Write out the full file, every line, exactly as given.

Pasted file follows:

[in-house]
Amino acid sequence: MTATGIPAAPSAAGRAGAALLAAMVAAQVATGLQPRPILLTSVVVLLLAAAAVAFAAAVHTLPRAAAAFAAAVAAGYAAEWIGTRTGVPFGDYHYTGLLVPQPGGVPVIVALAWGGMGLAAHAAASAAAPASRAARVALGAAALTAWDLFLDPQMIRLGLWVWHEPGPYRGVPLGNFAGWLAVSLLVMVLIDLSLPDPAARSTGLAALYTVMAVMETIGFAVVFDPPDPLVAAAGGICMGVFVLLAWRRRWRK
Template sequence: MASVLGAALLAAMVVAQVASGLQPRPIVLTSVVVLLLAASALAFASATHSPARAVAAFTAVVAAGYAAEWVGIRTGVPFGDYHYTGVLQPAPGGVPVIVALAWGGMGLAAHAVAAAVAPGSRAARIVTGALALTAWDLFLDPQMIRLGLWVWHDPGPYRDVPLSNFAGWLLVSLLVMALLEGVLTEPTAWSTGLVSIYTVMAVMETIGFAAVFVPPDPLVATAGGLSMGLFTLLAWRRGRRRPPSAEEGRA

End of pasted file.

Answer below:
[in-house]
Amino acid sequence: MTATGIPAAPSAAGRAGAALLAAMVAAQVATGLQPRPILLTSVVVLLLAAAAVAFAAAVHTLPRAAAAFAAAVAAGYAAEWIGTRTGVPFGDYHYTGLLVPQPGGVPVIVALAWGGMGLAAHAAASAAAPASRAARVALGAAALTAWDLFLDPQMIRLGLWVWHEPGPYRGVPLGNFAGWLAVSLLVMVLIDLSLPDPAARSTGLAALYTVMAVMETIGFAVVFDPPDPLVAAAGGICMGVFVLLAWRRRWRK
Template sequence: MASVLGAALLAAMVVAQVASGLQPRPIVLTSVVVLLLAASALAFASATHSPARAVAAFTAVVAAGYAAEWVGIRTGVPFGDYHYTGVLQPAPGGVPVIVALAWGGMGLAAHAVAAAVAPGSRAARIVTGALALTAWDLFLDPQMIRLGLWVWHDPGPYRDVPLSNFAGWLLVSLLVMALLEGVLTEPTAWSTGLVSIYTVMAVMETIGFAAVFVPPDPLVATAGGLSMGLFTLLAWRRGRRRPPSAEEGRA